Flood mitigation grant swept away with other applications
On Friday, May 19, Mayor Terry Yemen received word that the flood mitigation grant application status from Alberta Community Resilience Program (ACRP) was a dud.
Three days prior, Yemen sent a letter to Environment and Parks Minister Shannon Phillips about the rising concerns of flood mitigation funds and buyout decisions within the Drumheller area.
A decision for the flood mitigation funding under the (ACRP) has now been decided with a word back to the Town office.
“These residents’ lives have been on hold since 2013 and they need a decision so they are able to plan for their future,” said Yemen.
The resilience program is a cost-shared funding program administered by the Watershed Resilience and Mitigation branch of Alberta Environment and Parks that is not meant to act as emergency funding but to focus on the long-term of resilience within any given community.
The Town applied for the ACRP grant back in September of last year and has finally received its answer of disapproval. Many applications were received by the government but only a select few obtained the money. Drumheller specifically can still apply as all the listed items were eligible.
A part of this application is the possibility of a buyout of residential properties in Lehigh and West Rosedale. After the flood in 2013, a dyke to save those parts was denied as the cost to build the dyke would be more than the amount of property it would supposedly save.
“We did have to go through that process to have that refused – once that was not allowed by the government then it opened up possible buyouts but you have to go through the process first,” said Yemen.
“That was part of the process we were dictated to follow.”
Since the decision to build was rejected, the opportunity for the ACRP grant has now also taken action to leave no funds. Residents have been in limbo on whether to stay or leave based on the grant’s decision. With the decision finally made, the program plans to find alternative sources of funding and to start talking with residents about buyout opportunities during the 2017/2018 year.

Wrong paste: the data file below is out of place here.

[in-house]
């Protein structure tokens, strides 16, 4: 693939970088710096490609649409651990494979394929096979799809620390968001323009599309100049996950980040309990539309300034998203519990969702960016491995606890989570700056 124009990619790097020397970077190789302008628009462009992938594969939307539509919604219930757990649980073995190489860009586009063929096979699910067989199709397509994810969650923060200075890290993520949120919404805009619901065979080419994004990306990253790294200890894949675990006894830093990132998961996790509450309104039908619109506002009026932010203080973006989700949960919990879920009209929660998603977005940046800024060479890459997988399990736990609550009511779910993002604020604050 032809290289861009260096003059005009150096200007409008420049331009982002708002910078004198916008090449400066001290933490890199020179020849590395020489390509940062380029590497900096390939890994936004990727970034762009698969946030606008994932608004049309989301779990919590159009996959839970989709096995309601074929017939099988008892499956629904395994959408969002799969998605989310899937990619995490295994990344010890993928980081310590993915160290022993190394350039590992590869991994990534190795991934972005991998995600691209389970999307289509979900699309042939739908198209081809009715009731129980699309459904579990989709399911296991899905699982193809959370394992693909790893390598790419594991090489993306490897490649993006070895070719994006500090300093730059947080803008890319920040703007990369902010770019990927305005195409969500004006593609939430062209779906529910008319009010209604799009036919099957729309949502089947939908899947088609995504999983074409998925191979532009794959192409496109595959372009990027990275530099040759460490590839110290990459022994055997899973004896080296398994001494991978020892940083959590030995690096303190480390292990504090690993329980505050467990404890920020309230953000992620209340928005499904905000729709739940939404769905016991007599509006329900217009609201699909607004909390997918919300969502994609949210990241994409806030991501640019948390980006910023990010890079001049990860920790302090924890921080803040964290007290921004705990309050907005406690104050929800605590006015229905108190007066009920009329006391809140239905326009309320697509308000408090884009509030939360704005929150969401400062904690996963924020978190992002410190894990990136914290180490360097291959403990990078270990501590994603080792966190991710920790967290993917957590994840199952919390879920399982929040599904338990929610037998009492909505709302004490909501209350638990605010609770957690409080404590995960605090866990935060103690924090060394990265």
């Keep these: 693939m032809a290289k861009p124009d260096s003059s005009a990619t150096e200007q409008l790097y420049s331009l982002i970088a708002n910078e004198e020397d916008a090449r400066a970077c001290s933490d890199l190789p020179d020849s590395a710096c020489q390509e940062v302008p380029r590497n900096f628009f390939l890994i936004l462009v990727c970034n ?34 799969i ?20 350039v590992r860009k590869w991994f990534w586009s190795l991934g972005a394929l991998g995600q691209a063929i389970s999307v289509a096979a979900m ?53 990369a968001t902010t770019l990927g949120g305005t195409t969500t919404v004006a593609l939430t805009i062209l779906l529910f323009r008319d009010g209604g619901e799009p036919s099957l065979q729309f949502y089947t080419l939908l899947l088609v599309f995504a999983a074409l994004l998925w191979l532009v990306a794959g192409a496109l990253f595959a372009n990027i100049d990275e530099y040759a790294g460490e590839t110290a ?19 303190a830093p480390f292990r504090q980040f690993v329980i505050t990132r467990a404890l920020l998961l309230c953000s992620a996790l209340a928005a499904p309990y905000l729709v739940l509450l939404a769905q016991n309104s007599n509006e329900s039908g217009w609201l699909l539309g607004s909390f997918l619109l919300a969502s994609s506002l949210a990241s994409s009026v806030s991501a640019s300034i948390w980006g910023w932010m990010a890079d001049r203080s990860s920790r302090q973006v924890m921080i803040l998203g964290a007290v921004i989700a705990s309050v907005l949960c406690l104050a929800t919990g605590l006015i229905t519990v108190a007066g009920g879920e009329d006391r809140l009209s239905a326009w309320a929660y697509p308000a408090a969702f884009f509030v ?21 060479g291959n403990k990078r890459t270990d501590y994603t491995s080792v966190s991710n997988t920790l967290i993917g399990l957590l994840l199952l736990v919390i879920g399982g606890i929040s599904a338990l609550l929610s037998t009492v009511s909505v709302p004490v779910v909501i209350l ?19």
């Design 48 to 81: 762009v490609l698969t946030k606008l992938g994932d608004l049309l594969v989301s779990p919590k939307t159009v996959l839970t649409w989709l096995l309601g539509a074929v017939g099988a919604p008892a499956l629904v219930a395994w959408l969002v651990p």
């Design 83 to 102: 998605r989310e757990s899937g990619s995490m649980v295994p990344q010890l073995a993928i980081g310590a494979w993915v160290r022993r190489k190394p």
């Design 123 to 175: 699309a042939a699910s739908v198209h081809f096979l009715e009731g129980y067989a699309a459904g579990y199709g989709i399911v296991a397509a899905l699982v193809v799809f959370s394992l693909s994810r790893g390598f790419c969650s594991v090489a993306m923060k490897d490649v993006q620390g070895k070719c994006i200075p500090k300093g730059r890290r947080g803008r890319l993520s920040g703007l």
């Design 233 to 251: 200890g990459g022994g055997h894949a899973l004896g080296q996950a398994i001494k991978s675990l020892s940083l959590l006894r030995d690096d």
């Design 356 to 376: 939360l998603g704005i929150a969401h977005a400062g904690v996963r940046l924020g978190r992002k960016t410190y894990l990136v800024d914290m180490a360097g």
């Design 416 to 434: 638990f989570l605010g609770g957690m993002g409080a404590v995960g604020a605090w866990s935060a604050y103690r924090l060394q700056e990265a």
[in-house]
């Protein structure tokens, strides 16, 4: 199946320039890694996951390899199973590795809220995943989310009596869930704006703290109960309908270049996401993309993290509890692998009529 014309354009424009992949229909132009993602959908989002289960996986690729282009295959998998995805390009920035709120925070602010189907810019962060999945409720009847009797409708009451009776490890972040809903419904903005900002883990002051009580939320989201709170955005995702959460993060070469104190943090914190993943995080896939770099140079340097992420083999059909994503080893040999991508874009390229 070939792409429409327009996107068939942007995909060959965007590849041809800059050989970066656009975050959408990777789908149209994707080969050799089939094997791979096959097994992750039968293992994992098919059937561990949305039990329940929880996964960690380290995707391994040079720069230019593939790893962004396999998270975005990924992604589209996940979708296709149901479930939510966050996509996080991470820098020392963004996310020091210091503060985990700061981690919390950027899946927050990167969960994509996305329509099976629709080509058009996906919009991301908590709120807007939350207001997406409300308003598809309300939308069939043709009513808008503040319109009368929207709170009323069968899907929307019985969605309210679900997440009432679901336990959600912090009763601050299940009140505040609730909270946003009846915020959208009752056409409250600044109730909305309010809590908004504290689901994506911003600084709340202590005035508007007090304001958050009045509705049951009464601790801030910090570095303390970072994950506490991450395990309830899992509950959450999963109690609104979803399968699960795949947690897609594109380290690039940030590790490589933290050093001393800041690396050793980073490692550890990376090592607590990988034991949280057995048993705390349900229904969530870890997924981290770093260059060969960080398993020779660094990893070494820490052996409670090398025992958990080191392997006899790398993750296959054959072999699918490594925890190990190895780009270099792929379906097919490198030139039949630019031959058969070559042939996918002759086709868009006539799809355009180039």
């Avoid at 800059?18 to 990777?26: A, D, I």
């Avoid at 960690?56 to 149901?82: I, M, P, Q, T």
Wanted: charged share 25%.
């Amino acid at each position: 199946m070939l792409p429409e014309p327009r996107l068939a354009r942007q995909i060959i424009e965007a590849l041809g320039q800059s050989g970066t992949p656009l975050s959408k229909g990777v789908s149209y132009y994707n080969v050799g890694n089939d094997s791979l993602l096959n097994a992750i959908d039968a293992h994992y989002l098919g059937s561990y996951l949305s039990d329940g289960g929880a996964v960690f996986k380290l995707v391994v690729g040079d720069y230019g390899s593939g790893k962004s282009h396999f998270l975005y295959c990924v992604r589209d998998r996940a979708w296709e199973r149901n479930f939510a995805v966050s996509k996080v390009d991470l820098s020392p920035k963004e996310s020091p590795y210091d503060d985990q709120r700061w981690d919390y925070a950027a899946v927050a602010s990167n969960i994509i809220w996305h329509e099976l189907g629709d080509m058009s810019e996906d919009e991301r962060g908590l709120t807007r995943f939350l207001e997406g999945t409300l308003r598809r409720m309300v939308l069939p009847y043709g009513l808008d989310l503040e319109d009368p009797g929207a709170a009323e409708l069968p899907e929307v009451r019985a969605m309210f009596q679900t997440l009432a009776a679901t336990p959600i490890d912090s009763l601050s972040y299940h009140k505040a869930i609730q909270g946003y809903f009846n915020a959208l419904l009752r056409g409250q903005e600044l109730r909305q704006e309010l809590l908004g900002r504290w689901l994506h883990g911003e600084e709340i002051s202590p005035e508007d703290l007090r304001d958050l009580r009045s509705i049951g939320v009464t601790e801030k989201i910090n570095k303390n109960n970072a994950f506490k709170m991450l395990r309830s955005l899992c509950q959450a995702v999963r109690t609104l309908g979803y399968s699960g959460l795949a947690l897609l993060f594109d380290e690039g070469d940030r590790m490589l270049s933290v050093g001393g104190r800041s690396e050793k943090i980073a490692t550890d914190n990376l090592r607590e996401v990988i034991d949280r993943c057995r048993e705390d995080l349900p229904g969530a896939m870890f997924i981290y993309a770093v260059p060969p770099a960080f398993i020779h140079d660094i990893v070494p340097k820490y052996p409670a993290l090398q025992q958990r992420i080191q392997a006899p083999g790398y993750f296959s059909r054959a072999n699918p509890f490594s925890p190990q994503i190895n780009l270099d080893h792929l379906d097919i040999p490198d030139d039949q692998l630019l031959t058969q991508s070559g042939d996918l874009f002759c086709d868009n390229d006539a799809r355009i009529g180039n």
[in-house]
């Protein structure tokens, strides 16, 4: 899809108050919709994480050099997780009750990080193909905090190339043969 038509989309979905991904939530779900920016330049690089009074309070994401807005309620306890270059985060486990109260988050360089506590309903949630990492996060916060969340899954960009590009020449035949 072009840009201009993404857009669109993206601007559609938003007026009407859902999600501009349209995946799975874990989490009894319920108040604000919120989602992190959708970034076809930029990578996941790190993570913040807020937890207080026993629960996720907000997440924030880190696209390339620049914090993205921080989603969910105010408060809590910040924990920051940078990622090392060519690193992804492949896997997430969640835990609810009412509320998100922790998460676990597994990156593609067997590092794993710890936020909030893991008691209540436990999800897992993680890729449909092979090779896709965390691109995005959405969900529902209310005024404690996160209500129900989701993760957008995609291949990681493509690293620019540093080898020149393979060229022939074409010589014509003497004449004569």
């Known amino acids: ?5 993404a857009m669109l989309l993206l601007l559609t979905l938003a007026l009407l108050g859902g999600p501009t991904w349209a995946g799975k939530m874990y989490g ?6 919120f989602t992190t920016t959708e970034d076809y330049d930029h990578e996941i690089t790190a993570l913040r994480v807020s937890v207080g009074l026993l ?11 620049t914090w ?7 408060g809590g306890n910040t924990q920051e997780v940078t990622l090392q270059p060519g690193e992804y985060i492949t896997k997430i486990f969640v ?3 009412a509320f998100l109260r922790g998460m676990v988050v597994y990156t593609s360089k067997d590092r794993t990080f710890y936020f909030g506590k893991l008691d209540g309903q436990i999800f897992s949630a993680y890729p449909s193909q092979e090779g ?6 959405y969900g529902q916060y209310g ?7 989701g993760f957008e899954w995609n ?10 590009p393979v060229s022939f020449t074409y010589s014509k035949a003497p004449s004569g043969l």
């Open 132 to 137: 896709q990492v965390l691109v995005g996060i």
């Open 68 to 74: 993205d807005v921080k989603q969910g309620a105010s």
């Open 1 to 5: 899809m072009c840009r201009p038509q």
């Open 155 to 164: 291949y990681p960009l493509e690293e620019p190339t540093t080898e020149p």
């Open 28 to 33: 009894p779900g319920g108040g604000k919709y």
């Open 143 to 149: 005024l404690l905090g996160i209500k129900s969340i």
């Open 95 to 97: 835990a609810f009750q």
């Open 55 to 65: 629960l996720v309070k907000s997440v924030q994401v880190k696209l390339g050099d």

Yemen stands up for the Town as they continue doing their very best to knock on doors and make important phone calls.
“That’s what you get in a bureaucracy of a Provincial government that is not answering the questions of the people,” said Yemen.
The mayor plans to find other grants to meet that million dollars as well as re-apply for the ACRP grant since all the items listed were eligible for resubmission.
“It’s not the town that’s holding up the process, it’s the provincial government’s lack of due diligence and the process is holding it up,” said Yemen.
If the buyout were to take place, responsibility would shift from the residents to the Town of Drumheller by using the grant money to purchase the homes located in Lehigh, Nacmine, and Rosedale.
“The Town will be involved and will help facilitate it where we can get the players together but ultimately, the details of the program are going to have to be explained by the Alberta government,” said Yemen.
Just like the residents of Rosedale and Lehigh, the Town continues to hold its breath.
“You feel very sorry for these people who are sitting in that situation and we’re well into 2017 now and they still don’t have the answers,” said Yemen. “Small town Alberta has been left out,” said Yemen.
2013 Flood - Water levels rose to dangerous heights, almost reaching the bottom of the CN train bridge located on the west side of Drumheller near the Canadian Badlands Passion Play site.